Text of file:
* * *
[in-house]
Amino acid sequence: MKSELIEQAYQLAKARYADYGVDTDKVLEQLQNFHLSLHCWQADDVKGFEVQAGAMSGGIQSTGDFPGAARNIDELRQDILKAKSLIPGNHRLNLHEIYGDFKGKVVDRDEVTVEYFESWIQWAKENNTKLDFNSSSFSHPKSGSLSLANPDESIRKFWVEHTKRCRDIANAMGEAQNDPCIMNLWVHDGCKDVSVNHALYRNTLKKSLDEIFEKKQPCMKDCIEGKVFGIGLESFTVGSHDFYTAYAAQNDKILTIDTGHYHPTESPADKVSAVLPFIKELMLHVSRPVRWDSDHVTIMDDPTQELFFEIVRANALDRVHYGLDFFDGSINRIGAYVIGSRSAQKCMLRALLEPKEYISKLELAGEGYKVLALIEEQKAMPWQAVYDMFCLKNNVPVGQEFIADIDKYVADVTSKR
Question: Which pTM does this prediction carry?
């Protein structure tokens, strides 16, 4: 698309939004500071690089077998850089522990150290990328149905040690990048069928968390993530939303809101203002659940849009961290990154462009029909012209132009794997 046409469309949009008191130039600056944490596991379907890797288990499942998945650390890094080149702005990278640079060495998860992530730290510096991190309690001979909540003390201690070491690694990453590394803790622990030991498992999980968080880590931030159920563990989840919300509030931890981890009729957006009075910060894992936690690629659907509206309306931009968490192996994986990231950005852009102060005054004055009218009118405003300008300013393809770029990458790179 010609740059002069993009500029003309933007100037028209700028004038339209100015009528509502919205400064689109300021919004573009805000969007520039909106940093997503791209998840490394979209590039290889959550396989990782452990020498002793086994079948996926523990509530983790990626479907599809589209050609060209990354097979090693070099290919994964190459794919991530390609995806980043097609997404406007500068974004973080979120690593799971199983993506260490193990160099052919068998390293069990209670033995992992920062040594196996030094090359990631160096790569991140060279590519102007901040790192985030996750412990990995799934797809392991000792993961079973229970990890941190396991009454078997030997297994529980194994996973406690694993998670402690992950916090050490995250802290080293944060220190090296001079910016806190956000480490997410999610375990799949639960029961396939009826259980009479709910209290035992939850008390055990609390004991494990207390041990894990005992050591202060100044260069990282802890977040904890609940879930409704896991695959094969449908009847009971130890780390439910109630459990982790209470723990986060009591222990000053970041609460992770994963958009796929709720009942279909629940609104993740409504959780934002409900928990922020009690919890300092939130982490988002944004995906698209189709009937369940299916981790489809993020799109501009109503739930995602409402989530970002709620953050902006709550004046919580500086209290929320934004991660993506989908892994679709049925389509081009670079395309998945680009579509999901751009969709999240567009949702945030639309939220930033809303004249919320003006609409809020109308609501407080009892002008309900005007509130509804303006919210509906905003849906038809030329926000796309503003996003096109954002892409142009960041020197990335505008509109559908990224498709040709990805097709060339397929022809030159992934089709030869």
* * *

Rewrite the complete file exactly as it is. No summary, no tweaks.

[in-house]
Amino acid sequence: MKSELIEQAYQLAKARYADYGVDTDKVLEQLQNFHLSLHCWQADDVKGFEVQAGAMSGGIQSTGDFPGAARNIDELRQDILKAKSLIPGNHRLNLHEIYGDFKGKVVDRDEVTVEYFESWIQWAKENNTKLDFNSSSFSHPKSGSLSLANPDESIRKFWVEHTKRCRDIANAMGEAQNDPCIMNLWVHDGCKDVSVNHALYRNTLKKSLDEIFEKKQPCMKDCIEGKVFGIGLESFTVGSHDFYTAYAAQNDKILTIDTGHYHPTESPADKVSAVLPFIKELMLHVSRPVRWDSDHVTIMDDPTQELFFEIVRANALDRVHYGLDFFDGSINRIGAYVIGSRSAQKCMLRALLEPKEYISKLELAGEGYKVLALIEEQKAMPWQAVYDMFCLKNNVPVGQEFIADIDKYVADVTSKR
Question: Which pTM does this prediction carry?
């Protein structure tokens, strides 16, 4: 698309939004500071690089077998850089522990150290990328149905040690990048069928968390993530939303809101203002659940849009961290990154462009029909012209132009794997 046409469309949009008191130039600056944490596991379907890797288990499942998945650390890094080149702005990278640079060495998860992530730290510096991190309690001979909540003390201690070491690694990453590394803790622990030991498992999980968080880590931030159920563990989840919300509030931890981890009729957006009075910060894992936690690629659907509206309306931009968490192996994986990231950005852009102060005054004055009218009118405003300008300013393809770029990458790179 010609740059002069993009500029003309933007100037028209700028004038339209100015009528509502919205400064689109300021919004573009805000969007520039909106940093997503791209998840490394979209590039290889959550396989990782452990020498002793086994079948996926523990509530983790990626479907599809589209050609060209990354097979090693070099290919994964190459794919991530390609995806980043097609997404406007500068974004973080979120690593799971199983993506260490193990160099052919068998390293069990209670033995992992920062040594196996030094090359990631160096790569991140060279590519102007901040790192985030996750412990990995799934797809392991000792993961079973229970990890941190396991009454078997030997297994529980194994996973406690694993998670402690992950916090050490995250802290080293944060220190090296001079910016806190956000480490997410999610375990799949639960029961396939009826259980009479709910209290035992939850008390055990609390004991494990207390041990894990005992050591202060100044260069990282802890977040904890609940879930409704896991695959094969449908009847009971130890780390439910109630459990982790209470723990986060009591222990000053970041609460992770994963958009796929709720009942279909629940609104993740409504959780934002409900928990922020009690919890300092939130982490988002944004995906698209189709009937369940299916981790489809993020799109501009109503739930995602409402989530970002709620953050902006709550004046919580500086209290929320934004991660993506989908892994679709049925389509081009670079395309998945680009579509999901751009969709999240567009949702945030639309939220930033809303004249919320003006609409809020109308609501407080009892002008309900005007509130509804303006919210509906905003849906038809030329926000796309503003996003096109954002892409142009960041020197990335505008509109559908990224498709040709990805097709060339397929022809030159992934089709030869």